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Instructions for Teeter Hang Ups

By Lauren Treadwell

If you suffer from a degenerated or herniated disc, sciatica, or neck pain, or even if you are just looking to strengthen your core muscles and improve your posture, you may benefit from inversion. Teeter Hang Ups invert the body in various ways to build strength and improve physical health. You will want to find a table that suits your needs and learn to use it properly. Make sure to check with your doctor before inverting as it can be dangerous for those with heart or other health problems.

Manual Hang Ups

Do not be afraid of your inversion table. The first few times may a bit scary but you will get the hang of it soon enough. Make sure you have someone with you the first few you times you attempt to use it. Have them spot you while you are attempting to get situated. Make sure to invert slowly once you are mounted and strapped in. Try lowering about 10 degrees every 30 seconds until you are fully inverted. This will help eliminate shock and a massive blood rush to your head. You should use the same precautions when coming up to avoid dizziness or black outs. Take it slow and easy and you will be fine. If your doctor agrees, try to hang for at least five minutes. That should be enough time to allow for stretching and strengthening without pushing it too far. Once you have become accustomed to your Teeter Hang Up, try swinging back and forth and side to side in a controlled manner. Controlled swinging can help maximize and intensify your stretch. In order to receive the full benefits from inverting you should try to use your Teeter Hang Up every day.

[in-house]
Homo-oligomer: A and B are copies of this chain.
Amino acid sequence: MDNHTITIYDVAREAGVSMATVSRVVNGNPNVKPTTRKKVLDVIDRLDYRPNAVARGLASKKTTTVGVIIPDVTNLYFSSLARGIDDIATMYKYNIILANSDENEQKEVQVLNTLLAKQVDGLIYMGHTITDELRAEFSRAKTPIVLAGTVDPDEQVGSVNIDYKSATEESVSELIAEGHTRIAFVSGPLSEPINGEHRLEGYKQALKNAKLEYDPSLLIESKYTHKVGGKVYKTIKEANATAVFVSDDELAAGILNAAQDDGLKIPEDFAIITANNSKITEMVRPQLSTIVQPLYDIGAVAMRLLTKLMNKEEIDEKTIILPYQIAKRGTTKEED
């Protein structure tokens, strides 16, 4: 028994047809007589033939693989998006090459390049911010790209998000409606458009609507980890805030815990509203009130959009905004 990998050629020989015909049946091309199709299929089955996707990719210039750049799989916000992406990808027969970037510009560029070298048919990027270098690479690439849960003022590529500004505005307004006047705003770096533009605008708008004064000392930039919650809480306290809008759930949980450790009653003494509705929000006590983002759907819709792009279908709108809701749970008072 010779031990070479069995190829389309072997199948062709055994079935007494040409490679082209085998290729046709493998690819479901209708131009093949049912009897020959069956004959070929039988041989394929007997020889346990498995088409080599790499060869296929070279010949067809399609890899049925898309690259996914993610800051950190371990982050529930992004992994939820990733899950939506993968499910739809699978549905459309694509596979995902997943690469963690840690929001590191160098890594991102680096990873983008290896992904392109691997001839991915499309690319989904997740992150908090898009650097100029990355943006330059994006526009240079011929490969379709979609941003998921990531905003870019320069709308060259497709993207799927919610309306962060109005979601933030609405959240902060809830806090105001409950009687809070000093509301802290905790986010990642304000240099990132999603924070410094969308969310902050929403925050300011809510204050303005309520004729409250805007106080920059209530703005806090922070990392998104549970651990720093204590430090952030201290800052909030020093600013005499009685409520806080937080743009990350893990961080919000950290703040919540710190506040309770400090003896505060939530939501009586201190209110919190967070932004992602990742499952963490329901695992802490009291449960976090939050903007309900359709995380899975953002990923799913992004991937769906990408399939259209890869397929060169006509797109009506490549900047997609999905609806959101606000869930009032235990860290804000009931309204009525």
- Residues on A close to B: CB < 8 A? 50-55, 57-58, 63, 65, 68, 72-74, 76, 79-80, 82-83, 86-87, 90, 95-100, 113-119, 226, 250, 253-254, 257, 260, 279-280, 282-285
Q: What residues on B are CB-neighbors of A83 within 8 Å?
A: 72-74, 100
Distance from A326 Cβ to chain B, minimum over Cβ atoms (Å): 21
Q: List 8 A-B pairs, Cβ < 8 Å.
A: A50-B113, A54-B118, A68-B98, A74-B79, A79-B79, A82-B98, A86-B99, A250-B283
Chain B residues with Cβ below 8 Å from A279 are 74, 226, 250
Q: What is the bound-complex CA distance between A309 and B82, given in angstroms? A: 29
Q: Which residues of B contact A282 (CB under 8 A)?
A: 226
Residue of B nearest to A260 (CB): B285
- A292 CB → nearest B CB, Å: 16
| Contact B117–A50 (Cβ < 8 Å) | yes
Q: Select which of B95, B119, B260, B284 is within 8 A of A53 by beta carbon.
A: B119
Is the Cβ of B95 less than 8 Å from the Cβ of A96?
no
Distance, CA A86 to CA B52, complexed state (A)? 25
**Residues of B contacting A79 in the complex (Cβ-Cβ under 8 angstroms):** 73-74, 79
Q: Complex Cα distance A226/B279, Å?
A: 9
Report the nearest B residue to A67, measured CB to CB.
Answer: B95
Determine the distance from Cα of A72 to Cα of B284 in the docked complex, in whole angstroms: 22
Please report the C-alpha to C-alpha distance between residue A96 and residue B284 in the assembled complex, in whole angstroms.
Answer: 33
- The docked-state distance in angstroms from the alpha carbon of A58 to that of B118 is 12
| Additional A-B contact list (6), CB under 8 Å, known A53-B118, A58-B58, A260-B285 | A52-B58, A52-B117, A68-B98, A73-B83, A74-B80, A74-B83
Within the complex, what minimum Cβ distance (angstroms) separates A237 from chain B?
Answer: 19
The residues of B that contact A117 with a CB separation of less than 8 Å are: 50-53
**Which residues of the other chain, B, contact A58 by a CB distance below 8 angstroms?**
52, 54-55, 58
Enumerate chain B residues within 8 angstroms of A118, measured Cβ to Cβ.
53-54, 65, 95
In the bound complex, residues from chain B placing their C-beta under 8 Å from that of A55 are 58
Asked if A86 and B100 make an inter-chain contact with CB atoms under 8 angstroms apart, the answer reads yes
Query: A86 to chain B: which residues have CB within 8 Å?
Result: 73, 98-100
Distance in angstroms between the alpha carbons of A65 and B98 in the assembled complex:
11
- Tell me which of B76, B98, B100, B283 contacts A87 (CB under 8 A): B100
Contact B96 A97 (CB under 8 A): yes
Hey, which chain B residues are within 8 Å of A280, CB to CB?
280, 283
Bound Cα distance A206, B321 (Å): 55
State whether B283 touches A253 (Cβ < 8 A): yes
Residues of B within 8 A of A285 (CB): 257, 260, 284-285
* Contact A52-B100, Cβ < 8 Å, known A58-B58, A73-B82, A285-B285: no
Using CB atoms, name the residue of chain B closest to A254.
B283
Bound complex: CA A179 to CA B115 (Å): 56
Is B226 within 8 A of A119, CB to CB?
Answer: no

Motorized Hang Ups

If you are averse to the idea of a manual inversion table, you may find inversion chairs or motorized tables to your liking. Motorized inversion tables are rotated by interlocking gears that turn the table by pushing a button. You can set the controls to stop at any degree of inversion and these tables operate without user specific adjustments. These hang ups are simpler to use but are considerably higher in cost than the manual versions. Teeter chairs are a little less intimidating as you are closer to the ground and there is not quite as much risk involved.

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